This French drone company innovates by knowing when to ignore what consumers want

In this series, Perfect Company, we are examining pockets of excellence in the corporate world. No single company is perfect, but together they show what the corporate ideal could look like.

The platonic ideal

“Working harder, being smarter, investing more aggressively, and listening more astutely to customers are all solutions to the problems posed by new sustaining technologies. But these paradigms of sound management are useless—even counterproductive, in many instances—when dealing with disruptive technology.”—Clayton M. Christensen, The Innovator’s Dilemma

The practice

Parrot has spent the last 22 years creating devices that talk to smartphones, from drones and wireless headphones to car stereos and even plant monitors. It’s competed in an industry that’s prone to passing fancies—when a fad dies in consumer electronics, the companies that sprung up around it tend to as well. But what has allowed the French company to survive and thrive is its ability to adapt to changing consumer demands while remaining a maverick. Sometimes, its products don’t exactly hit the mark, but they give the company the knowledge to adapt the next generation, the next iteration into something customers love.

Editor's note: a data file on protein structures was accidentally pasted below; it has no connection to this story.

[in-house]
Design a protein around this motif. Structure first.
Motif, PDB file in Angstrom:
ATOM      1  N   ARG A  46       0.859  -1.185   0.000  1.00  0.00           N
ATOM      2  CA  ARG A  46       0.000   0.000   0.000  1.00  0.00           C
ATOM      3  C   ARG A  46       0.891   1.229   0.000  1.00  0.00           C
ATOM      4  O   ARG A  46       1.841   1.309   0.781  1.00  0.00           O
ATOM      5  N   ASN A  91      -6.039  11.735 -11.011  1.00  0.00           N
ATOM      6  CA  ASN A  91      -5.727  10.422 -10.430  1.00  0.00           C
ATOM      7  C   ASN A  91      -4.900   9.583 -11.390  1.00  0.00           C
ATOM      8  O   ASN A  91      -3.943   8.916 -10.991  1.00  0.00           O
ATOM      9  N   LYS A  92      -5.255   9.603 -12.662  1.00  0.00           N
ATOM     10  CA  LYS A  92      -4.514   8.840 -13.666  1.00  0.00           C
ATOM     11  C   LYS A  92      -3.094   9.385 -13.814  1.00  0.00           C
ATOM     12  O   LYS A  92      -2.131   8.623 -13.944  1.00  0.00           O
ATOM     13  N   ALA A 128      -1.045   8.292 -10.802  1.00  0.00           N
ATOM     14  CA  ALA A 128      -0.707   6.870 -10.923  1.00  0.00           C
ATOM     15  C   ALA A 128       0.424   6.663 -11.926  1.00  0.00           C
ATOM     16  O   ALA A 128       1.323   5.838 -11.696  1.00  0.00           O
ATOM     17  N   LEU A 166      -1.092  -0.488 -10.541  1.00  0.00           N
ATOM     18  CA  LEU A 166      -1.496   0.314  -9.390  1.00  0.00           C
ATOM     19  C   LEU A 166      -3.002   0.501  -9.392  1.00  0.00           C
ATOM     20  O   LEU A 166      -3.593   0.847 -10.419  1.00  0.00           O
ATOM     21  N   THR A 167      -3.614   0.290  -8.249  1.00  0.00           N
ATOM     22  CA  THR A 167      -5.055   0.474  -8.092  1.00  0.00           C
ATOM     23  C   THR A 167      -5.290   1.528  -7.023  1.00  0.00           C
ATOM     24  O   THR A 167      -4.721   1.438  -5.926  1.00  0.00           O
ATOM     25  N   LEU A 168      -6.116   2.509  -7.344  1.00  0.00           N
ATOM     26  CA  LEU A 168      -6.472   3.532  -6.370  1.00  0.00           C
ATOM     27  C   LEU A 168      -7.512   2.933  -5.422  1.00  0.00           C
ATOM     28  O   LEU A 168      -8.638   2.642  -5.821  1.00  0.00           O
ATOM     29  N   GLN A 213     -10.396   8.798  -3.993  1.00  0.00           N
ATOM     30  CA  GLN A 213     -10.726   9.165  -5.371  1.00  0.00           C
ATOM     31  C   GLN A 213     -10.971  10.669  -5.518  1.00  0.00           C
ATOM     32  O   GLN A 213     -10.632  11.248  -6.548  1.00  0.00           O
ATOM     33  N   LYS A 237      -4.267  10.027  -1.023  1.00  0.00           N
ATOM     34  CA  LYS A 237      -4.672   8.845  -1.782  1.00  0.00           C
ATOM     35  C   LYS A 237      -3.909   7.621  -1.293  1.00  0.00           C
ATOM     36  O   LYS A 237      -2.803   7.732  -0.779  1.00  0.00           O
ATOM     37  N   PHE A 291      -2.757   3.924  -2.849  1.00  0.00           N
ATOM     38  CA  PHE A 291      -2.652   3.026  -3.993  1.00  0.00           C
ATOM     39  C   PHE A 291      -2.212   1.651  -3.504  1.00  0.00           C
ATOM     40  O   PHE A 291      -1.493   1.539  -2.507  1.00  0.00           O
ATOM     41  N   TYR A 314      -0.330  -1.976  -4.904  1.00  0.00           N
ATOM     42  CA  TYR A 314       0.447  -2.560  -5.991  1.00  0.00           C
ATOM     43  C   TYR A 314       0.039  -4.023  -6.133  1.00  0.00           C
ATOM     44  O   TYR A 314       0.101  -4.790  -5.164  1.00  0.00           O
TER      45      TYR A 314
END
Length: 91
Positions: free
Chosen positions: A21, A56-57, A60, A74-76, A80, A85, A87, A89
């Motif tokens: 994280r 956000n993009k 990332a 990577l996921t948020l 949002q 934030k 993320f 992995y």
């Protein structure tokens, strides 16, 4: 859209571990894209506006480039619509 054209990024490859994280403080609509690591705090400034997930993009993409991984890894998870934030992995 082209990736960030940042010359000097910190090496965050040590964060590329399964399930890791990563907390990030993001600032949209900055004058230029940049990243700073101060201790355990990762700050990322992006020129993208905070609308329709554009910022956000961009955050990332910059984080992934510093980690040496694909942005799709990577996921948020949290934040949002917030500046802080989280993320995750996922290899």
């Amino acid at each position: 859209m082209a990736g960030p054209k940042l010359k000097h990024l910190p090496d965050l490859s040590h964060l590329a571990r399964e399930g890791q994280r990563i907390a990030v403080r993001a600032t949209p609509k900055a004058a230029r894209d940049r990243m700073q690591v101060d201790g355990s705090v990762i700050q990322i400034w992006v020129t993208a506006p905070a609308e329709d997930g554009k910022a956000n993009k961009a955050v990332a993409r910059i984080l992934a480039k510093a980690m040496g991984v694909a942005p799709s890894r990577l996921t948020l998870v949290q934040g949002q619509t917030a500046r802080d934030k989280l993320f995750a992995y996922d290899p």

Henri Seydoux, a college dropout, and friend and financier to Christian Louboutin (with whom he made his initial fortune), started Parrot in 1994. He was a tinkerer and a coder, and wanted to create things he thought people needed in their lives. His earliest idea for Parrot was what he calls a “voice-recognition organizer.” It launched in 1995 as the Parrot Voice Mate, which looked like a cross between a scientific calculator and a 1990s cellphone, and was meant to help the visually impaired store information (like a PDA without a keyboard). But it’s also where he got the idea for the company’s name: “You talk to the machine, the machine talks to you. It’s like an electronic parrot.”